An overview of the gait cycle and 3 common form issues
As an endurance athlete, you’ve likely been asked: “Why do you run?” Our friends and family are so curious about why we put so much time and energy into our training. A less-often asked question is: “How do you run?” In this post, I’ll review the basics of run form and provide some drills and strength work to help keep your run form in top shape.
The gait cycle
To answer the basic question of how we run, let’s start with the gait cycle. There are two primary segments: the stance phase and the swing phase.
The stance phase includes the portion of the gait cycle when our foot is on the ground. Upon initial contact, we want our foot to land within the body’s center of gravity. This will usually result in a midfoot or full foot landing (perhaps forefoot for faster speeds and some athletes). However, where on the foot we land isn’t as important as where we land relative to our center of gravity. When our foot lands further in front of the body, we refer to this as overstriding (more on that in the next section).
After the initial contact, the body engages in a series of actions to control the landing and absorb the ground forces. Ideally, much of this initial contact is absorbed by the foot and achilles. Our bodies also store elastic energy to support propulsion at the end of the stance phase.
Once the leg is directly under the hips, we are at a point of maximum load, and the body uses the stored energy move to propulsion. The leg extends behind us and the foot is a key part for our forward propulsion (just as it is a key player in absorbing the initial contact). I could write an entire article about the importance of foot mechanics! For now, I recommend that you click here to watch a video that reviews the foot’s role in propulsion through the windlass mechanism.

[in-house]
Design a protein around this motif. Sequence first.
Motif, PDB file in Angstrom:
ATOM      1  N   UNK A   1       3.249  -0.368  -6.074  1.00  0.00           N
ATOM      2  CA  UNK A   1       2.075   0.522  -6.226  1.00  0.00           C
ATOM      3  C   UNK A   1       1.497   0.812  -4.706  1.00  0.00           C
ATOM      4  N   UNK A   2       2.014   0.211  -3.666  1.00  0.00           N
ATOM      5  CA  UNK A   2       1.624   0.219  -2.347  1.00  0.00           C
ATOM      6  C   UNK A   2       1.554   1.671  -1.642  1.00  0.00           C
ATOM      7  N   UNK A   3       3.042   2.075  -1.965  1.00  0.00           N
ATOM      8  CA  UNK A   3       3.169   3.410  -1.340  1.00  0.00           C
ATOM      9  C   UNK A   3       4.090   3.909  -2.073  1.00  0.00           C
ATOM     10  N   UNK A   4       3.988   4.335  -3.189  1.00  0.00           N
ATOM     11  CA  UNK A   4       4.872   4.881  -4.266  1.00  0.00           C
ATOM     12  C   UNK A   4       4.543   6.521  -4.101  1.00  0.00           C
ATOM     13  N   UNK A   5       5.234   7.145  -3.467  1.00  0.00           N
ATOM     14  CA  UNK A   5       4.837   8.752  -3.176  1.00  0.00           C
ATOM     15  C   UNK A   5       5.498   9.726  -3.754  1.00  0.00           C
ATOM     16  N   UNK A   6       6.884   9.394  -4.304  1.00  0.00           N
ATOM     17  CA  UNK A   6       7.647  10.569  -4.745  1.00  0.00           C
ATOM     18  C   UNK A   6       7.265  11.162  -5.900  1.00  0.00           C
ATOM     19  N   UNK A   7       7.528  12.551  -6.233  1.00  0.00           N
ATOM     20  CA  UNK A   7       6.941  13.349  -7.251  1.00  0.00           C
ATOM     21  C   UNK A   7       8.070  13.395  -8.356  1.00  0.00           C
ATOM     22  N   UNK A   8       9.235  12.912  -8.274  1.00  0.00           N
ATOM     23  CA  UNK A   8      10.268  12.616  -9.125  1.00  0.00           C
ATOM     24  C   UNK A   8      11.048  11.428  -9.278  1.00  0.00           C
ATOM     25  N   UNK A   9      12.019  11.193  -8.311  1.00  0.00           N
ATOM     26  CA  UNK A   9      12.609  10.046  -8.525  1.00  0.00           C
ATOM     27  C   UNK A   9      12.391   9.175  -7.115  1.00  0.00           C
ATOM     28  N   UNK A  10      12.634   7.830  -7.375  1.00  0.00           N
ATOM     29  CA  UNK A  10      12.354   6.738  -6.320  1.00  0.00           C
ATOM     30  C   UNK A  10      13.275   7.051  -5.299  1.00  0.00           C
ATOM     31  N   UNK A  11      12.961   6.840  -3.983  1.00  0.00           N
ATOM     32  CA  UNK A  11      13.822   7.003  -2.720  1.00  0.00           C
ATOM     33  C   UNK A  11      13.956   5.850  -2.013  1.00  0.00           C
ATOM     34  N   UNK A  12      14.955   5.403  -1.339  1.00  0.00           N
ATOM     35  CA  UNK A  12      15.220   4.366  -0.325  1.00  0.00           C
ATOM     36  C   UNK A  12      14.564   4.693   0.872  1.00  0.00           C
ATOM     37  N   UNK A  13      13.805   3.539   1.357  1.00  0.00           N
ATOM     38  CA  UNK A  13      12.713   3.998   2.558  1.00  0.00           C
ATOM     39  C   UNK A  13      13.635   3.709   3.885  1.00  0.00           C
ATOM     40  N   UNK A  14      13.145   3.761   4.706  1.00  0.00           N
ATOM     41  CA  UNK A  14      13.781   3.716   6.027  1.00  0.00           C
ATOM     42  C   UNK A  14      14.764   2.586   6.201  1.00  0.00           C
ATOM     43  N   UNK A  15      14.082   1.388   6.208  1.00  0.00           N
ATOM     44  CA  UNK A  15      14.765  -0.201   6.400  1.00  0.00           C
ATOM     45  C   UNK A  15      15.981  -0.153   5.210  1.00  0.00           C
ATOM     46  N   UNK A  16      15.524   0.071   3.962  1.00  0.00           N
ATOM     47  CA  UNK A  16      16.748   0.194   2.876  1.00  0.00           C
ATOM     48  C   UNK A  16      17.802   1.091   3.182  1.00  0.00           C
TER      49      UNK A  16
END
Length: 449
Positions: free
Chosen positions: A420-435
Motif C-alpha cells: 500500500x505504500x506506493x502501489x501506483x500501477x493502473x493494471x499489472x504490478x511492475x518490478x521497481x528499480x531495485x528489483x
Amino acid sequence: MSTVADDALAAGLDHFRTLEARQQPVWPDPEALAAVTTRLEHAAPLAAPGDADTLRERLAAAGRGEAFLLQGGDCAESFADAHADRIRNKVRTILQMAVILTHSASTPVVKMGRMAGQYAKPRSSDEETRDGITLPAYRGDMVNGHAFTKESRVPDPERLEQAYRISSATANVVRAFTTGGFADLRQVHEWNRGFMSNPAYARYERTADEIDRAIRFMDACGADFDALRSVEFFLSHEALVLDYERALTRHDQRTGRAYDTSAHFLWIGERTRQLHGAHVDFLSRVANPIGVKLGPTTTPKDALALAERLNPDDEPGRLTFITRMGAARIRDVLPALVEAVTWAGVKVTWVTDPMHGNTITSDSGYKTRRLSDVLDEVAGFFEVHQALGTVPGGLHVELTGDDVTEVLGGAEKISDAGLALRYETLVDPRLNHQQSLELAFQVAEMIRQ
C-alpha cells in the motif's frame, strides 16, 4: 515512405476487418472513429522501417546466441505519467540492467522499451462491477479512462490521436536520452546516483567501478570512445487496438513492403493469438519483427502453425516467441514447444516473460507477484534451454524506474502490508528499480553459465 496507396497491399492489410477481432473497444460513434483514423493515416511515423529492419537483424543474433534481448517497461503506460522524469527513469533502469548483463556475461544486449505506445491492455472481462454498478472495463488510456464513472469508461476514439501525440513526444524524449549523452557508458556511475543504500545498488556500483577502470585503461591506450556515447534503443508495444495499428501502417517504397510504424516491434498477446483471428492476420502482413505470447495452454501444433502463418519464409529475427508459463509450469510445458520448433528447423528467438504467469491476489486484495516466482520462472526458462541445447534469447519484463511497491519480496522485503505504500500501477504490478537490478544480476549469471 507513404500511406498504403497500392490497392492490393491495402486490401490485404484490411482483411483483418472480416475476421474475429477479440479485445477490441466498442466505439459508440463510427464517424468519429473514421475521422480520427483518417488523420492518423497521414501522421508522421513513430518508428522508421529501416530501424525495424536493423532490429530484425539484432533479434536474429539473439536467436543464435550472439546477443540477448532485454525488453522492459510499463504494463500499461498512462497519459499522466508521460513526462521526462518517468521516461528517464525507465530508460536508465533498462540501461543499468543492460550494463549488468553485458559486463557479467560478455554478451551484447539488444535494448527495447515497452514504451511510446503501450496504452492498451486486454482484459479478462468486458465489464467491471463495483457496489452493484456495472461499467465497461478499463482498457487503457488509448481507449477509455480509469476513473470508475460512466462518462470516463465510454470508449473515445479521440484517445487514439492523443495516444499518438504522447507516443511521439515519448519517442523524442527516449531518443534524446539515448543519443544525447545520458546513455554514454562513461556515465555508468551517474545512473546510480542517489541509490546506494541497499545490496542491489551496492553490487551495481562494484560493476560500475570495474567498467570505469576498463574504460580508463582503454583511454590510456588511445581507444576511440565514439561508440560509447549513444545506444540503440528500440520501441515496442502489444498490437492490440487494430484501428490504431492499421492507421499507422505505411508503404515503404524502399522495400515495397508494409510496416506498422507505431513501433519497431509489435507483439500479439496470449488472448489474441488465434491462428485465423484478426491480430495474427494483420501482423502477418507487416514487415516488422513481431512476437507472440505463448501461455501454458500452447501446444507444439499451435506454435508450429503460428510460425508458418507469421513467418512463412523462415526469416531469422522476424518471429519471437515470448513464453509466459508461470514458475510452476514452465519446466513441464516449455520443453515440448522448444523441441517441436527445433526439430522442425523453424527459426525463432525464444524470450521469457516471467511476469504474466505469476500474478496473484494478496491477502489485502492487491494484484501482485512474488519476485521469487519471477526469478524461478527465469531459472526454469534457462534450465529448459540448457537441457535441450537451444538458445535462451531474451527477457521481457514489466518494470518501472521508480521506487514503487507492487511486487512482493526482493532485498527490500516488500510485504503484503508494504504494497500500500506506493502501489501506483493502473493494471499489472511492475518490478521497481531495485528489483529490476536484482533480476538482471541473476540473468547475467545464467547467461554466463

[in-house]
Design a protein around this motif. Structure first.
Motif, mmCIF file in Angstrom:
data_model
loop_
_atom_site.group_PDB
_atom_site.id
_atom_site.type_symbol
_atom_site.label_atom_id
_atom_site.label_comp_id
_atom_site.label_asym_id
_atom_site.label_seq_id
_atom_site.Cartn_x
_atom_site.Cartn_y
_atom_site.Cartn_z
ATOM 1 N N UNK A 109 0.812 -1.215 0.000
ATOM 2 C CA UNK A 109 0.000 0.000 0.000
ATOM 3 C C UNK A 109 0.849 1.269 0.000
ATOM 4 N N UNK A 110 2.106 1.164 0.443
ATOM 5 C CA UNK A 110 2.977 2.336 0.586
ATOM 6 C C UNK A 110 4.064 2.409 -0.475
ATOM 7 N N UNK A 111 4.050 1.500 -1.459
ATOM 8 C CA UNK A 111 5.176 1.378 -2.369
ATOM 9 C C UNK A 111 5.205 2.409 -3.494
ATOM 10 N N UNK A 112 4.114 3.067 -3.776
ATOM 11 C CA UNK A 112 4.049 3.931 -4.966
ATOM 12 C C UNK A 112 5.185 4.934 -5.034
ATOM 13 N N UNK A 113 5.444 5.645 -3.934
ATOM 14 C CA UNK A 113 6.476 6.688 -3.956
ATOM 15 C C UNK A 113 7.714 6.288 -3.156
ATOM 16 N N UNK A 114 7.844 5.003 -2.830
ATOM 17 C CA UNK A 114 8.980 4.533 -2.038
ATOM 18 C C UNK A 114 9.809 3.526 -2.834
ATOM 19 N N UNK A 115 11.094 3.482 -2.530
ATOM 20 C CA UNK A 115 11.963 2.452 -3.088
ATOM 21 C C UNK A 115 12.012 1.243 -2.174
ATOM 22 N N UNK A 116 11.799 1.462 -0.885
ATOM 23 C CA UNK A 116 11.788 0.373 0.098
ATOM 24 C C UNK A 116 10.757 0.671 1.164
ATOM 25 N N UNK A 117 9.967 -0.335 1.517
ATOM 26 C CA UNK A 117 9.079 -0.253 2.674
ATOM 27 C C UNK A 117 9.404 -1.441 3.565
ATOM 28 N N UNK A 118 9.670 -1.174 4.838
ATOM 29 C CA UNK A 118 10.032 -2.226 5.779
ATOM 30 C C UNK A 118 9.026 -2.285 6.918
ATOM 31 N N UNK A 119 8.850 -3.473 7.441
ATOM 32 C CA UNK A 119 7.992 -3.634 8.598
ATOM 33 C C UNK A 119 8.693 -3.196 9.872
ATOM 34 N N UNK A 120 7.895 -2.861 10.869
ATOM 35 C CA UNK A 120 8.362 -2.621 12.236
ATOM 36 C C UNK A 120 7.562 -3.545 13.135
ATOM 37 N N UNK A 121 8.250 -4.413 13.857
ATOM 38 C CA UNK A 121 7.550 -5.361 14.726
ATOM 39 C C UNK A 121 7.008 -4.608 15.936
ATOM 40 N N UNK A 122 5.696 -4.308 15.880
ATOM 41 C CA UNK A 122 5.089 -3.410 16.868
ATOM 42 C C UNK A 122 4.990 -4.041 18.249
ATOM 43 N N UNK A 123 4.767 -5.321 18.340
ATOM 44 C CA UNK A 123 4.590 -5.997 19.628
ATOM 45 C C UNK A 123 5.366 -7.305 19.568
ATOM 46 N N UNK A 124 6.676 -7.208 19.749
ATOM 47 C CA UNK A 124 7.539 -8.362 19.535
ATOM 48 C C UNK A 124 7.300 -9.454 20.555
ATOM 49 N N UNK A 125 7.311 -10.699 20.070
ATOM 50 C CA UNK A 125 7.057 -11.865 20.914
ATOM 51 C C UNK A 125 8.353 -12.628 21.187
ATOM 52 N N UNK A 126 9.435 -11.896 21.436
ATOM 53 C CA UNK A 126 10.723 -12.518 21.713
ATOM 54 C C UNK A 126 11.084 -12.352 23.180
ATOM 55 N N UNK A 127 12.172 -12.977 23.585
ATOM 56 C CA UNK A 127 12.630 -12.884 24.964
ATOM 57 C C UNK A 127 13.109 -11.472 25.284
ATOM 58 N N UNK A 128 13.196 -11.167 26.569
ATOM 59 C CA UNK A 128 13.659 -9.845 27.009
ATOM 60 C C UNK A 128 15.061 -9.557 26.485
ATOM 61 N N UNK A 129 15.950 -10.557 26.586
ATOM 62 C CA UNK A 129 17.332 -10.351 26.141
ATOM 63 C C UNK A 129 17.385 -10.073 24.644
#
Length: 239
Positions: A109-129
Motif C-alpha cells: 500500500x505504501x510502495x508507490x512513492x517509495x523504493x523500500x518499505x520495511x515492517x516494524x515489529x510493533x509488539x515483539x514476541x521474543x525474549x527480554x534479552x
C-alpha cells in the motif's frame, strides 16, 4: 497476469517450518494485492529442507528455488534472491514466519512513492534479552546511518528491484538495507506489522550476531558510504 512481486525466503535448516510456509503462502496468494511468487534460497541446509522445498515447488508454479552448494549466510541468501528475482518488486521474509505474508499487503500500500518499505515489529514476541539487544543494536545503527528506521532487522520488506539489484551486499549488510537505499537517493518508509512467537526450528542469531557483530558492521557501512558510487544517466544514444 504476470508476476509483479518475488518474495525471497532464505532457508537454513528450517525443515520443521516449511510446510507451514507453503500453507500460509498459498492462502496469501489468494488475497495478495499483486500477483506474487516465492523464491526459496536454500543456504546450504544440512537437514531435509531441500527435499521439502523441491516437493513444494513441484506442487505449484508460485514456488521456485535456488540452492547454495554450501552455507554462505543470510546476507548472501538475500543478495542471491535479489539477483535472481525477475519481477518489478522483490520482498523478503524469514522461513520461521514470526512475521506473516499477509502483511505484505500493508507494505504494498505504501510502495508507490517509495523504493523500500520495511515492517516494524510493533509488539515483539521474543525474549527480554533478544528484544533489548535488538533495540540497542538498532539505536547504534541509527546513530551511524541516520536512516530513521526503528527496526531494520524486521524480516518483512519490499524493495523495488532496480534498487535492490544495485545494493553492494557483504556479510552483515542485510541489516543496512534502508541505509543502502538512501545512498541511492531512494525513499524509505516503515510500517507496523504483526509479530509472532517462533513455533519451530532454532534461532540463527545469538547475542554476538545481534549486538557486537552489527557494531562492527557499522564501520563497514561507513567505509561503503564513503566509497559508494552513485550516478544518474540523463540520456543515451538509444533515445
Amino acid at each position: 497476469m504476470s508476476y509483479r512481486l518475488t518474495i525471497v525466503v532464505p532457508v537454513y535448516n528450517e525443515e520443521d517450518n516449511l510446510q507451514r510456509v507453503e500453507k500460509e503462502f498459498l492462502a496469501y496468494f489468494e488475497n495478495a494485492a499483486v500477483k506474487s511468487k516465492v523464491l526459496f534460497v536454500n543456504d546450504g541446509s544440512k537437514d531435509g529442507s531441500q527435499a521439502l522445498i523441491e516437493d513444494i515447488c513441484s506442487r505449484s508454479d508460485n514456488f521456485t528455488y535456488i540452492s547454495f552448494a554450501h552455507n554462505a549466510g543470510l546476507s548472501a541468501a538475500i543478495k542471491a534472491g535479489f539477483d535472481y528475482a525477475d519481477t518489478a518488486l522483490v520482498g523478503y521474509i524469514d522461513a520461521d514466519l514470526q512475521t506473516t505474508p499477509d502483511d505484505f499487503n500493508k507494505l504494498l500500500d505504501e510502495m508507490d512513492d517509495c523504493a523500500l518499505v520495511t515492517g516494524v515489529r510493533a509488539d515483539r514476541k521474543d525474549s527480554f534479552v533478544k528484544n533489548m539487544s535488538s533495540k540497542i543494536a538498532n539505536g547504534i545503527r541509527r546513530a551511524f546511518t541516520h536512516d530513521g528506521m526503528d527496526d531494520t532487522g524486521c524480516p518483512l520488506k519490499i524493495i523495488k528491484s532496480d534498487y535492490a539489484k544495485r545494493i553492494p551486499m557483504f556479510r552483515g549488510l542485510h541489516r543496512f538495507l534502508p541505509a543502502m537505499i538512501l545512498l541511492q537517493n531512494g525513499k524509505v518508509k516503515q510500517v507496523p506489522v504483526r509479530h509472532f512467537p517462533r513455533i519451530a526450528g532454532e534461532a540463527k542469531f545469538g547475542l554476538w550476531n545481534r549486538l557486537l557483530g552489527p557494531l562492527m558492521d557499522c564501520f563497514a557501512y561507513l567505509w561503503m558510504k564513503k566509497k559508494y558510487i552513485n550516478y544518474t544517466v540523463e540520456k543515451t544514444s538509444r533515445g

After we toe off, we enter the swing phase, when both legs are off the ground – and we are flying. AAAH! Freedom! How far we fly is a result of propulsion and the overall intensity we run.
That answers some of the basics of how. Now, let’s move on to 3 of the most common run form issues and explore options to work on them.
It is a tricky endeavor to adapt form because some changes are not worth the risk. Changes in form will recruit different muscles and tendons, and if we make changes too abruptly, we can create injury.
That being said, some gradual changes in either form or strength may be necessary for our long term running health. So, if we make adjustments to form, the primary focus should be on preventing future injury or limiting muscular imbalances.
The most common run form issues that I’ve seen in video analysis include overstriding, hip drop, and knee valgus.
Overstriding occurs when the foot lands too far in front of the body. The images below show what this looks like, with a few variations in how extreme the overstriding presents.
In each of these cases, you’ll notice that overstriding is characterized by a relatively straight leg and heel strike upon contact. This landing results in a greater deceleration than typically happens, which often means more ground contact time. This poses a performance issue.
However, more importantly, this landing increases injury risk. The foot and the achilles cannot properly absorb those initial ground forces, which pushes the impact further up the chain to our shins, knees and hips. Those body parts are not designed to withstand the initial impact.